Talking Paris in Hamburg
Bridging the gap at the G20
Justin Trudeau — and 18 other world leaders gathering in Hamburg at the G20 summit — have an unenviable task ahead of them. How to get the United States on board when it comes to climate action?
"These conversations are very difficult, it's a negotiation. These things are hard," Environment and Climate Change Minister Catherine McKenna said on The House.
Donald Trump has made it clear — the U.S. is out of the Paris climate agreement. But that doesn't mean the global fight against climate change is stalled, said McKenna.
That's where Canada has an important role to play, she added.
"I think [the Prime Minister] will try and bridge the gap with the United States," she said. "So getting recognition of the Paris agreement, and the importance of climate action, by maybe 19 out of the 20 countries, but at the same time recognizing the U.S. position and hopefully bringing all countries together in saying, 'we're going to move forward on climate action.'"
But, she warned, "there's going to be have to be some recognition that the U.S. is not part of the Paris agreement. That creates a huge challenge."
Trudeau, along with German Chancellor Angela Merkel, will be pushing for other leaders to sign onto an energy action plan put forward by Merkel as part of her G20 presidency year.
For McKenna, getting 19 of the G20 leaders to sign the document would make the summit a success.
"You want the leaders to say that climate change is real, and we need to act, and the Paris agreement is a really important mechanism to do that," she said.
"I think we need a strong statement on that [coming out of the summit]."
Celine Bak, a senior fellow at the Centre for International Governance Innovation, hasn't lost hope that Trump may still get on board with climate action.
"The very best-case scenario would be for President Trump to sign onto [Merkel's] energy action plan. Perhaps that's not in the cards, in which case the agreement of 19 of the world's leaders would [still] be a very important accomplishment," she said.
A chapter closes in the Khadr controversy
The federal government announced a settlement with Omar Khadr Friday, which CBC News has learned includes a $10.5 million payout and a formal apology to the former Gauntanamo Bay prisoner.
The deal has been criticized by the Conservatives, with Conservative leader Andrew Scheer saying at a press conference Friday that the Harper government's decision to repatriate Khadr in 2012 was a sufficient response to the Supreme Court's ruling that Khadr's rights were violated.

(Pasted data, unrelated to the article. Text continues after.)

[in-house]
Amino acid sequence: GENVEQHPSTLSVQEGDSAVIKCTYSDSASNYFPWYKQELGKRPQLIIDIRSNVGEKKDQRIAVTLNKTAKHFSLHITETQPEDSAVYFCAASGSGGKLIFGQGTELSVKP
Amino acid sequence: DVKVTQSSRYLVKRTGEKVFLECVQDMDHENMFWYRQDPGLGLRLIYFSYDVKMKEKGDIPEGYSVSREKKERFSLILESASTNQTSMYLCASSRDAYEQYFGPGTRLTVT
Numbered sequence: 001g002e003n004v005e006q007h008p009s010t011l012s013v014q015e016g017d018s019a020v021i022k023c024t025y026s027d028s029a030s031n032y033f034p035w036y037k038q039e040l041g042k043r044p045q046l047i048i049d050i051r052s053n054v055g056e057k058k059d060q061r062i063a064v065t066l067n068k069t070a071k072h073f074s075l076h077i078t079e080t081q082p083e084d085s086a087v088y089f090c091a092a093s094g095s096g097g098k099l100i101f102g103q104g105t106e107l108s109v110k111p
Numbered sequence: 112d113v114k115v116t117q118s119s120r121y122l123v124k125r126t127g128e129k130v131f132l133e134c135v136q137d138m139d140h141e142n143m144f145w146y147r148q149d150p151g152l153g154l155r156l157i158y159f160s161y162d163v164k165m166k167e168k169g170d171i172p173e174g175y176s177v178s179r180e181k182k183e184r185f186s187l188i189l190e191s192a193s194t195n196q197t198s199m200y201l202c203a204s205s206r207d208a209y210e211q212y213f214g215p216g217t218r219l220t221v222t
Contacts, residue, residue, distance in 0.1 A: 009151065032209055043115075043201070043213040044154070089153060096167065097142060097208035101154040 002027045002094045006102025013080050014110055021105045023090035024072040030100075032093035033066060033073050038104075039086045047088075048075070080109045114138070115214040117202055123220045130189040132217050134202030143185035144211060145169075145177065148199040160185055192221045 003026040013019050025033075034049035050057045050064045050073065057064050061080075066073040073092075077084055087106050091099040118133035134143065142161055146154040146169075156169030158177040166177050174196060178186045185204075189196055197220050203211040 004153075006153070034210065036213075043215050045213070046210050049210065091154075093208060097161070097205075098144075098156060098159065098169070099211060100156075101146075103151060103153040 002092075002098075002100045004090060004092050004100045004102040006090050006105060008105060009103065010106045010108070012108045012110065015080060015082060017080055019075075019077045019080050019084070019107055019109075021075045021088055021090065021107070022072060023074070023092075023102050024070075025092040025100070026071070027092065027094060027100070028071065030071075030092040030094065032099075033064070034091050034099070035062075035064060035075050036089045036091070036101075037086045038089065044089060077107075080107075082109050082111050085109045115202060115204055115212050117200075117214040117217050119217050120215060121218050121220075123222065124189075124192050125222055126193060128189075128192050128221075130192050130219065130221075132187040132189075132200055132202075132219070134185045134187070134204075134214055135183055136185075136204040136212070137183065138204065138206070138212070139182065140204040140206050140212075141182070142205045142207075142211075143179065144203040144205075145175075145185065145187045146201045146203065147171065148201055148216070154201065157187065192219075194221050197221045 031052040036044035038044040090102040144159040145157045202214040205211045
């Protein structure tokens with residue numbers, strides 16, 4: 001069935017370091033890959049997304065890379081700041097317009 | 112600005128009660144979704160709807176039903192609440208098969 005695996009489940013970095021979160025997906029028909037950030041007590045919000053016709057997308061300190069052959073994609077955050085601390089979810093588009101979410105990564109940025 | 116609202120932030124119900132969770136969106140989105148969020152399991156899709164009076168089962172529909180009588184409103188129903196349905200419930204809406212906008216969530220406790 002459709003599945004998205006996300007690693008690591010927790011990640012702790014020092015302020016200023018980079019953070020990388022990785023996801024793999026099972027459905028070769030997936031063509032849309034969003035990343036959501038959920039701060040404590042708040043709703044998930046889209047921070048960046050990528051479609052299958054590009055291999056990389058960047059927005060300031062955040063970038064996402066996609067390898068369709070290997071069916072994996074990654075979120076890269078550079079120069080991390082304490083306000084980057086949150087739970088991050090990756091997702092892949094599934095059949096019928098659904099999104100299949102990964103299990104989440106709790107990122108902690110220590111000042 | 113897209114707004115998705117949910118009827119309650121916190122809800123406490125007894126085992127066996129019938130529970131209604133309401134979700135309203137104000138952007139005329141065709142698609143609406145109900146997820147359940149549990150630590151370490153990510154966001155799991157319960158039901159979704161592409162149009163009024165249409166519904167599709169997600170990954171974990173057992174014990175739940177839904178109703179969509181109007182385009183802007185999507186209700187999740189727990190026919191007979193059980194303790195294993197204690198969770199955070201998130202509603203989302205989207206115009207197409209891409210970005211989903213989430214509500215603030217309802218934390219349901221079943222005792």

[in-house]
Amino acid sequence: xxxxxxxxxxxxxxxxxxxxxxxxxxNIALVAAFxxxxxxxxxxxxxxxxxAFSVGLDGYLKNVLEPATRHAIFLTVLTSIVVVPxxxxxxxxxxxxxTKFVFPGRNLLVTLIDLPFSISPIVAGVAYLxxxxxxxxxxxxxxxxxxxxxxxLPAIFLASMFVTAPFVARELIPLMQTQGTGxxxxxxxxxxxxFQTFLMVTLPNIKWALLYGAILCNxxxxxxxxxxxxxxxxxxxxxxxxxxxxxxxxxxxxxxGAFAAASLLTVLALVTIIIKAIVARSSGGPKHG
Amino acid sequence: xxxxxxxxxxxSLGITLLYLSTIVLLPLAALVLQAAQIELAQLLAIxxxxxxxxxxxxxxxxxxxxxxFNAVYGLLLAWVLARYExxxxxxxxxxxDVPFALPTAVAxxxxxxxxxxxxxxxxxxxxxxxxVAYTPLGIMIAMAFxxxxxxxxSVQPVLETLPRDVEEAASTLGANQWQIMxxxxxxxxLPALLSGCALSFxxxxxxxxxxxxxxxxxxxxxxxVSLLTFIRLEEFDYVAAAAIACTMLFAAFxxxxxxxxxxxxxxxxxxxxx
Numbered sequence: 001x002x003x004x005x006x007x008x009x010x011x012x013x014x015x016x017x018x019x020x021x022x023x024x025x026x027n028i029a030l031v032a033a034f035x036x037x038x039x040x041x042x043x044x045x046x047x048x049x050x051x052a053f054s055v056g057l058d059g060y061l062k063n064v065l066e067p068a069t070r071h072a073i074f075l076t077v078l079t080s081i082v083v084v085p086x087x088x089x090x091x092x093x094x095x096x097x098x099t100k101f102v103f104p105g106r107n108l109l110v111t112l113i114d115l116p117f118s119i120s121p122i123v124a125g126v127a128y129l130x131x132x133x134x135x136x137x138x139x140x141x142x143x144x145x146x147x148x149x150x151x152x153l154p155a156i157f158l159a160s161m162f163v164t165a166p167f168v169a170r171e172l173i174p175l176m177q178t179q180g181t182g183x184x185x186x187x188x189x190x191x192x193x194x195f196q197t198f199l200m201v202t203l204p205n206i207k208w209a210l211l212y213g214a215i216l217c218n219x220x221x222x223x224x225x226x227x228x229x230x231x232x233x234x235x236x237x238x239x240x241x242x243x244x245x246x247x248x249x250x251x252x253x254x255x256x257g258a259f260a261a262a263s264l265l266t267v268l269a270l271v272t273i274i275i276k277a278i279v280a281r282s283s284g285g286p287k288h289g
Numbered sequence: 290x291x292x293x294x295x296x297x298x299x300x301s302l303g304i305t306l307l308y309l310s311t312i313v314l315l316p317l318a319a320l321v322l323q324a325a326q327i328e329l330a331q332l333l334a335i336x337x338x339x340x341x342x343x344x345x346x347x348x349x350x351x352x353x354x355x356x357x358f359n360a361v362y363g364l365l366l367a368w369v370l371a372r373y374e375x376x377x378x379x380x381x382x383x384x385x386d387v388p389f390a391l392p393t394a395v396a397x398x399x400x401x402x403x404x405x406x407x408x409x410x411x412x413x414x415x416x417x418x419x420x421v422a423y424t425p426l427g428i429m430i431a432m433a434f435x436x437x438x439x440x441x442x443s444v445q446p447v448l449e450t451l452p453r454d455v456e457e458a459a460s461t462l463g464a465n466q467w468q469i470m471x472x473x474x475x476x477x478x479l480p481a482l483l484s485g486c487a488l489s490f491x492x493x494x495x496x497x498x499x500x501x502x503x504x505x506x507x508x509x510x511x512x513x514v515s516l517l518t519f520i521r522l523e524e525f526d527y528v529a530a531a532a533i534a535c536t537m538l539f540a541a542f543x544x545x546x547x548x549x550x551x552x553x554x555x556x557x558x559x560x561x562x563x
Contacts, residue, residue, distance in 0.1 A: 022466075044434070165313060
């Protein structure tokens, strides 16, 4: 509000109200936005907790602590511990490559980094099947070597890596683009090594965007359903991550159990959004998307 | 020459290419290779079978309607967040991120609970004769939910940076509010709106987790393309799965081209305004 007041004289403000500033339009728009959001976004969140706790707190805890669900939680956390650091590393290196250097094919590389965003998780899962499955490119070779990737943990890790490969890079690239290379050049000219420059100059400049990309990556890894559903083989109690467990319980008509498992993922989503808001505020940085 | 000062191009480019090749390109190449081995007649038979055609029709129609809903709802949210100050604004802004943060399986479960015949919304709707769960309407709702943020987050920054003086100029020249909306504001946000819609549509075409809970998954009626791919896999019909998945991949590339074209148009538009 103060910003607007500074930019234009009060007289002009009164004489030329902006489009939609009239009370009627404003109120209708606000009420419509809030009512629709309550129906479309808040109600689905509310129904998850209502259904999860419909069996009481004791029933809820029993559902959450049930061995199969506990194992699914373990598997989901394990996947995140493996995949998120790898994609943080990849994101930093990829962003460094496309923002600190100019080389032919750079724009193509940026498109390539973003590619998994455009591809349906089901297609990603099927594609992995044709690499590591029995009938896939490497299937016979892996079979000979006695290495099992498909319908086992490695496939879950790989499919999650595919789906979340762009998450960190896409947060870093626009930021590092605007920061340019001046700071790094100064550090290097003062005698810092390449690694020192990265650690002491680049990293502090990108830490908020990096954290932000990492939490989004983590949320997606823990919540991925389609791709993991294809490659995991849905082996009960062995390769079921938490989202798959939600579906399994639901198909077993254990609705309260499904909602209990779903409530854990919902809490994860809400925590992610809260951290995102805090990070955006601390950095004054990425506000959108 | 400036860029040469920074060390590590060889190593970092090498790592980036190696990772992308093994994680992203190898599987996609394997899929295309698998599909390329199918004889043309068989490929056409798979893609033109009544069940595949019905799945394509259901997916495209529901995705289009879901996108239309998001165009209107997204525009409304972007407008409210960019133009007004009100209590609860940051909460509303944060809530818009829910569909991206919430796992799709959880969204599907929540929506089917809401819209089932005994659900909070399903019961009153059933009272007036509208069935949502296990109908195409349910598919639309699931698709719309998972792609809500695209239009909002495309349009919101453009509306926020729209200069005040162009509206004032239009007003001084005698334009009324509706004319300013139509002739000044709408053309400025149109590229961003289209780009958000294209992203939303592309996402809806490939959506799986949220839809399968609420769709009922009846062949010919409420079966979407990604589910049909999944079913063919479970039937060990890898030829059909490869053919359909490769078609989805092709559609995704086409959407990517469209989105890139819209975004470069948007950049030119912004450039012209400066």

Conservative MP and former Harper cabinet minister Erin O'Toole said there's a legal argument against reaching a settlement with Khadr.
"The challenge here is that when someone is questioned in prison, they're there as a result of their conduct," said Erin O'Toole. "[Khadr] doesn't come to this process with clean hands, and generally in tort law, the civil action he's brought, you don't find a reward when you come from an illegal or immoral act."
"I don't think it's justifiable for a government to compensate someone for a process that began with his illegal activities."
Does the MMIWG inquiry need a reset?
The head of the Ontario Native Women's Association is worried about whether the National Inquiry into Missing and Murdered Indigenous Women and Girls will be prepared when they start the next round of hearings in Thunder Bay this fall.
On Thursday the National Inquiry into Missing and Murdered Indigenous Women and Girls announced the schedule for the inquiry, which has been plagued by controversy since it was announced in August last year.
"We're cautiously optimistic and really concerned," said the Dawn Lavell-Harvard, the former president of the Native Women's Association of Canada, a group that was instrumental in pushing for the launch of the inquiry.
"Has the inquiry, have the commissioners, done the ground work to prepare the families, to prepare the community for the impact that these kinds of hearings are going to have?" she said.
Lavell-Harvard said the spring hearing in Whitehorse ripped open old wounds for the communities.
"We know that the communities already don't have the mental health support," she said.
"People have to recognize that this isn't just about the city of Thunder Bay. Thunder Bay is the hub for all of those remote, fly-in communities...This really is going to have a much wider reach than we expected, or than the commissioners potentially even realize."
The Dominion carillonneur becomes a Canadian
Andrea McCrady realized a dream of hers on July 1, when she became a Canadian citizen on her new country's 150th birthday.
But McCrady already had a special connection to Canada — she's been the Dominion Carillonneur since 2008, and plays the Peace Tower Carillon every weekday in Ottawa, and on request to serve parliamentarians.
"This is such a thrill and an honour and a privilege to be the Dominion carillonneur, I should become a Canadian to fulfill the position," said McCrady of her thought process in pursuing citizenship.
Eight and a half years later, that dream came true.
And although McCrady plays the national anthem every day in her job, the July 1 recording of O Canada for 2017 will always feel different.
"I listened to my particular recording of that now, and of course I play it every day, and somehow, this time when I listen to it, I can tell I was really putting my soul into it," she said.